Then the guy is at the airport "surprising" his mom with a camera crew. The first thing she asks, of course, is when he'll get rid of his childhood boxes of stuff.

After he discovers his old collection, and despite showing he has decent cards like an '84 Donruss Mattingly and ‘90 Leaf Frank Thomas, he brings a box full of '90 Fleer and Score to a card show and acts shocked when dealers say they're worthless.

And this is after a ridiculous over-acted scene of the supposed aftermath of those cards being run over by his brother in law in the card show parking lot. Despite the cards supposedly being crushed by the car, only the big cardboard box is smashed, while all of the sets and wax boxes inside are miraculously unharmed seconds later when he has them inside the card show.

As he and his sister go to see where his dad's old sportscard store was at the strip mall, and as they happily reminisce through bad acting, his friend the director brings up that his dad cheated on his mom with a girl that he hired at the store. They fake argue for awhile, and hold a meeting with the crew and decide to change the film to be about his disfunctional family.

He goes to interview Jose Canseco, who tells him he knows a guy with the largest Canseco collection he's ever seen. I honestly thought Mouschi would appear, especially since Mouschi said in this thread he knows the guy in the film. But no, the world's biggest Canseco collector is a young guy with a couple hundred junk wax Canseco base cards. And the star acts amazed at how many cards he has.

The reunion with his dad and the interview were actually real, and it was interesting when he talked about the old card shop and personal stuff. But there was no emotional punch or payoff despite all of the buildup.

If the film was about the star’s genuine memories and the card boom, without the badly scripted acting and the obnoxiously random home videos of his bar mitzvah literally every few minutes, and instead expanded upon the too-short interviews with Don West and Burbank Sportscards and the Upper Deck employee and Canseco and the tour of Topps, it could have been a cool nostalgic film.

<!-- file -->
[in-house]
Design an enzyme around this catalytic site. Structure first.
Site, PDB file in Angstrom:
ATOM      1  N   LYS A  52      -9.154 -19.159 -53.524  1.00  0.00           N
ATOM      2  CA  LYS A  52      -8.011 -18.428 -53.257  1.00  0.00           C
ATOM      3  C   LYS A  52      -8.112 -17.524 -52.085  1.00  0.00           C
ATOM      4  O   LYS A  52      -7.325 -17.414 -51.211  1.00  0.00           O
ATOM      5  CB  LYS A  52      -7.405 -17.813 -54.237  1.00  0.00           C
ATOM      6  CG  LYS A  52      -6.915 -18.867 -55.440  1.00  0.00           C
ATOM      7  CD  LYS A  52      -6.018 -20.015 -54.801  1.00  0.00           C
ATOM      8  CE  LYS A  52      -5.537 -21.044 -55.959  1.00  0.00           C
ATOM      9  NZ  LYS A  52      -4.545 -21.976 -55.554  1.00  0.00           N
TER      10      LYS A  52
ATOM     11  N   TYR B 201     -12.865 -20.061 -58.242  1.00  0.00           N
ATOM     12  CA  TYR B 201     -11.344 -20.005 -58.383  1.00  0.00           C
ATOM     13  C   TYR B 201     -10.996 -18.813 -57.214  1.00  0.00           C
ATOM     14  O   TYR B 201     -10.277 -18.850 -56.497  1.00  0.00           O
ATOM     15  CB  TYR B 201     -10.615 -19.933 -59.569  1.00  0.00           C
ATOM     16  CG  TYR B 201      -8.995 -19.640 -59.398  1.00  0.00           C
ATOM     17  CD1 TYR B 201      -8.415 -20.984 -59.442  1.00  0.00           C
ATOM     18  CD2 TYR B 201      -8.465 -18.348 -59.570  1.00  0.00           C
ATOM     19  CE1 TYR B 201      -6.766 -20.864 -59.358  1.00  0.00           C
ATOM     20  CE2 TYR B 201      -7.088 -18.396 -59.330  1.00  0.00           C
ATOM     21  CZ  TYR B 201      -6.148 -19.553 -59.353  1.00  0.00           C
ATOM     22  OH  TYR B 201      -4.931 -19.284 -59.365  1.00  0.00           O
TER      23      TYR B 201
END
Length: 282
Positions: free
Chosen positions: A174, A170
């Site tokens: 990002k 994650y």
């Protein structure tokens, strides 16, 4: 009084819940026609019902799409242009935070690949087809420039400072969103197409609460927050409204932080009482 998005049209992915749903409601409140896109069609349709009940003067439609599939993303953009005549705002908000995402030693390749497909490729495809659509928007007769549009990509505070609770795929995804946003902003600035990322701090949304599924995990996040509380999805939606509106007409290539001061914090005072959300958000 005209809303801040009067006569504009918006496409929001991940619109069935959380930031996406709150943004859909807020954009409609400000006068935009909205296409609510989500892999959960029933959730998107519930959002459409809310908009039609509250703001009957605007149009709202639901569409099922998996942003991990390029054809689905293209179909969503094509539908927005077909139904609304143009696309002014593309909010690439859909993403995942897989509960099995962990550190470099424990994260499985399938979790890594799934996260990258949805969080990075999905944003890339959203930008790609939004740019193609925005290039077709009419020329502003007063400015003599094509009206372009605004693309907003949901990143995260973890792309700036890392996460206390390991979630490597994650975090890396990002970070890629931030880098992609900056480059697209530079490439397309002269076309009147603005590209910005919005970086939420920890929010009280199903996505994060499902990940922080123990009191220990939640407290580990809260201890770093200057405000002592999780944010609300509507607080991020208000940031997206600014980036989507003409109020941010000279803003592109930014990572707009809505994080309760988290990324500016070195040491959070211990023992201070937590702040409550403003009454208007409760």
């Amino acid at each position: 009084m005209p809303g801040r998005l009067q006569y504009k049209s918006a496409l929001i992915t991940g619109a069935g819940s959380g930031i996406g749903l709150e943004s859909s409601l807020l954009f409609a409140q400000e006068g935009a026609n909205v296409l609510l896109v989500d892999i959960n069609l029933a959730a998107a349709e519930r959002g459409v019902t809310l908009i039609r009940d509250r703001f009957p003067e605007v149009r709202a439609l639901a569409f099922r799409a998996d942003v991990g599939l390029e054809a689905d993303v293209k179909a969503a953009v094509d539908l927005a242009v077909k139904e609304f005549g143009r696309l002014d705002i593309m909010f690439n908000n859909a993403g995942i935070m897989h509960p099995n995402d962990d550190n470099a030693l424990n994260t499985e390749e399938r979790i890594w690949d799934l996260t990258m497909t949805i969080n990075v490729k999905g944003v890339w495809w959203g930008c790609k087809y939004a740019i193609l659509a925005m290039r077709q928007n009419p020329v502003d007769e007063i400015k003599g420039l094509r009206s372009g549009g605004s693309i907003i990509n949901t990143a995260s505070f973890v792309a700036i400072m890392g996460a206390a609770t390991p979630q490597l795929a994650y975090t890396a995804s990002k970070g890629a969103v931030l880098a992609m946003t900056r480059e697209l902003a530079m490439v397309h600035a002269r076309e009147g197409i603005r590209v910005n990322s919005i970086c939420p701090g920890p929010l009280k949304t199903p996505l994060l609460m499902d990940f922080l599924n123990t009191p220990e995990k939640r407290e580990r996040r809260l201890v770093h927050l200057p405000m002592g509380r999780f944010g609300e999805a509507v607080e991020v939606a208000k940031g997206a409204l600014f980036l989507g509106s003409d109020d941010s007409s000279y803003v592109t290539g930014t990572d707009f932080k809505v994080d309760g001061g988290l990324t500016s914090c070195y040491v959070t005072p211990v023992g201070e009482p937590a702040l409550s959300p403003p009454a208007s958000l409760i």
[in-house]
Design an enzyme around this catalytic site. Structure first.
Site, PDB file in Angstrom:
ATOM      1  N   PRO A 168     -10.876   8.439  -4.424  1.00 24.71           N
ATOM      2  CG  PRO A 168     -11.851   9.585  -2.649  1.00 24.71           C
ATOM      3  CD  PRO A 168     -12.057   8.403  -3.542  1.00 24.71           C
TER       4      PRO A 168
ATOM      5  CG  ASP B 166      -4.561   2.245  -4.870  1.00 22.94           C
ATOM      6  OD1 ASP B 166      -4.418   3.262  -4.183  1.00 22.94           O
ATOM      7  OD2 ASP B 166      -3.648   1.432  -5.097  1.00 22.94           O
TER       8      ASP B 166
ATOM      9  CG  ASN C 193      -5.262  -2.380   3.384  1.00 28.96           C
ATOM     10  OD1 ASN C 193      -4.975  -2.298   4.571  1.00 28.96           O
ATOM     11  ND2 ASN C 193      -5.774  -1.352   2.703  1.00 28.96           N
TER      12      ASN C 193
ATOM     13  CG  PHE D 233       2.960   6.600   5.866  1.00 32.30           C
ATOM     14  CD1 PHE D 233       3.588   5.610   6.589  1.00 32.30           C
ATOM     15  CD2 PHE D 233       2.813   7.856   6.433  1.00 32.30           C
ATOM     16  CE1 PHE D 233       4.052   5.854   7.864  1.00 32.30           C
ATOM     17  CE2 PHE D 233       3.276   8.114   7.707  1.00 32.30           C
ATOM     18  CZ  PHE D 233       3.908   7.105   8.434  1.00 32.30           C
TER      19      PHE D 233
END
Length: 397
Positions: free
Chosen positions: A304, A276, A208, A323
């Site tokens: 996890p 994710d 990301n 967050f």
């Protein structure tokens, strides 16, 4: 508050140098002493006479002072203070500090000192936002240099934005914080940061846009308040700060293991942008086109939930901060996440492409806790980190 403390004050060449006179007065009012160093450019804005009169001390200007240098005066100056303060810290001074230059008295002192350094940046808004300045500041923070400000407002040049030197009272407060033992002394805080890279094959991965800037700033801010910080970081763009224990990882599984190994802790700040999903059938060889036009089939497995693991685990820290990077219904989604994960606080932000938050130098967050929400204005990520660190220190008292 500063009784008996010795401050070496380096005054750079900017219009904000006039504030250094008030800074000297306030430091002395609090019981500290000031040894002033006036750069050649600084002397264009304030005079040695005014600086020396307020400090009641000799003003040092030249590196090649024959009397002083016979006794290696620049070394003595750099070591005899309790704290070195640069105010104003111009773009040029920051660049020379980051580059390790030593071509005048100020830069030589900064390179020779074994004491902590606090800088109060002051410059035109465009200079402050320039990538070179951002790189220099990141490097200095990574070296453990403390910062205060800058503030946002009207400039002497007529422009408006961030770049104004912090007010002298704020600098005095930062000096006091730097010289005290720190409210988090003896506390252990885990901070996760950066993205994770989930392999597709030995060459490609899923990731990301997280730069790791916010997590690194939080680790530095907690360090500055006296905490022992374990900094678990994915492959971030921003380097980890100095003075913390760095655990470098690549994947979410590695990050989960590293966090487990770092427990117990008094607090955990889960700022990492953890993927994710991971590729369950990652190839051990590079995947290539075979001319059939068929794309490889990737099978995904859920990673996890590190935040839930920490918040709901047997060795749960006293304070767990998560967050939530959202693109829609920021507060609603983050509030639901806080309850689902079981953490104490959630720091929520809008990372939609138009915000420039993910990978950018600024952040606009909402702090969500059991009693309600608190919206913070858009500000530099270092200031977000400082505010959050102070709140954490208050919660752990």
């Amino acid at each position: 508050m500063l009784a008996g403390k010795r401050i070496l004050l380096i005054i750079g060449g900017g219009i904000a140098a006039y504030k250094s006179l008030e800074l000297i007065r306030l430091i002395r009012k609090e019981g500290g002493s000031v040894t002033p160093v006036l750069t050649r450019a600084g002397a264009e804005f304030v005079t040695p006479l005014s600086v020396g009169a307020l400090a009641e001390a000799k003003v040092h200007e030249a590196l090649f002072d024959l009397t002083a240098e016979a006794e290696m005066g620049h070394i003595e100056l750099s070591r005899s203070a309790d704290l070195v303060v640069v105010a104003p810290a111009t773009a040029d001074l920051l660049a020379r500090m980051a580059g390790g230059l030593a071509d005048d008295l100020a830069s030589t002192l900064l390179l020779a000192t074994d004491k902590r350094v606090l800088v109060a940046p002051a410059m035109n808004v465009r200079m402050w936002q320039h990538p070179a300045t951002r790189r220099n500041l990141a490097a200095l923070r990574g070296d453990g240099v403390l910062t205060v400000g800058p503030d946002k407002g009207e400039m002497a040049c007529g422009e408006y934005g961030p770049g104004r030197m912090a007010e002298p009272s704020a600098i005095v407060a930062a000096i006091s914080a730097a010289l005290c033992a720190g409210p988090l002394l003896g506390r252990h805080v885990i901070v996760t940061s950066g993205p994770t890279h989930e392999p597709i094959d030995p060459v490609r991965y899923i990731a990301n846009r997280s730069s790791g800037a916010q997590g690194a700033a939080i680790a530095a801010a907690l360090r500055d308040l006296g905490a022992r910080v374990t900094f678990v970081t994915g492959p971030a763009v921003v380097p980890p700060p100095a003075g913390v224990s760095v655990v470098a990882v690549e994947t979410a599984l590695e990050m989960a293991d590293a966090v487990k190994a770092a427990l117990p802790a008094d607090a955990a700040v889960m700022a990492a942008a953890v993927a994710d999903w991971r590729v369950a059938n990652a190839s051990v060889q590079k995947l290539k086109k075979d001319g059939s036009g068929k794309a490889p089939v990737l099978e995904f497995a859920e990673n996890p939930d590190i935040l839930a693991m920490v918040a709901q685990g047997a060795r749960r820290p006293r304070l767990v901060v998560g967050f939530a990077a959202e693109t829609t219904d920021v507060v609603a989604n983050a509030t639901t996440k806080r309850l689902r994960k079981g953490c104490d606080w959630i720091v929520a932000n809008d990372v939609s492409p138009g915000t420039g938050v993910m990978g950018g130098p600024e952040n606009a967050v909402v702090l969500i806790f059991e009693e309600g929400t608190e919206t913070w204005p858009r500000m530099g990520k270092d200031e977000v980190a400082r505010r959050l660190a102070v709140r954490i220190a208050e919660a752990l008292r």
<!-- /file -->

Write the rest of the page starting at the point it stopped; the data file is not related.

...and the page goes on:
But it’s filled with phony acting and fake crew meetings and melodramatic family crap. And the ending in which he *spoiler* his entire childhood collection was stupid. Just a disjointed mess and wasted potential.
 
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smapdi

Active member
Aug 7, 2008
4,156
The dad is a piece of work. Running through his life without a care for anyone else with his ridiculous alibi. I've known several people who were in the Holocaust and their children, and I never saw anyone use it as an excuse for being such an a-hole. Especially the children of the survivors. But everyone's different, I guess.

People may be going into this with the wrong mindset. It's not a documentary about baseball cards, though the 80s boom and 90s bust were covered just enough to allow non-collectors a little context. But it's a home video about a guy and his dad and family, and cards are just a part of his childhood, not a whole lot larger than anyone else's, because they represent his connection with his dad. Once his dad was no longer part of his life, neither were the cards. But I found it totally believable that the first thing his mom asked him about was getting his crap out of her place.

I did find it interesting the way they interviewed, however briefly, industry people and the only one who claimed to have no knowledge whatsoever of UD overprinting the Griffey rookie was the UD rep. His credibility was, let's say, strained, even in his non-denial denial.

On the whole, pretty average. The forced way the filmmaker provoked reactions from Stu were heavyhanded and cringeworthy. But once they got past that it moved along and you got to know the people and the hobby a bit.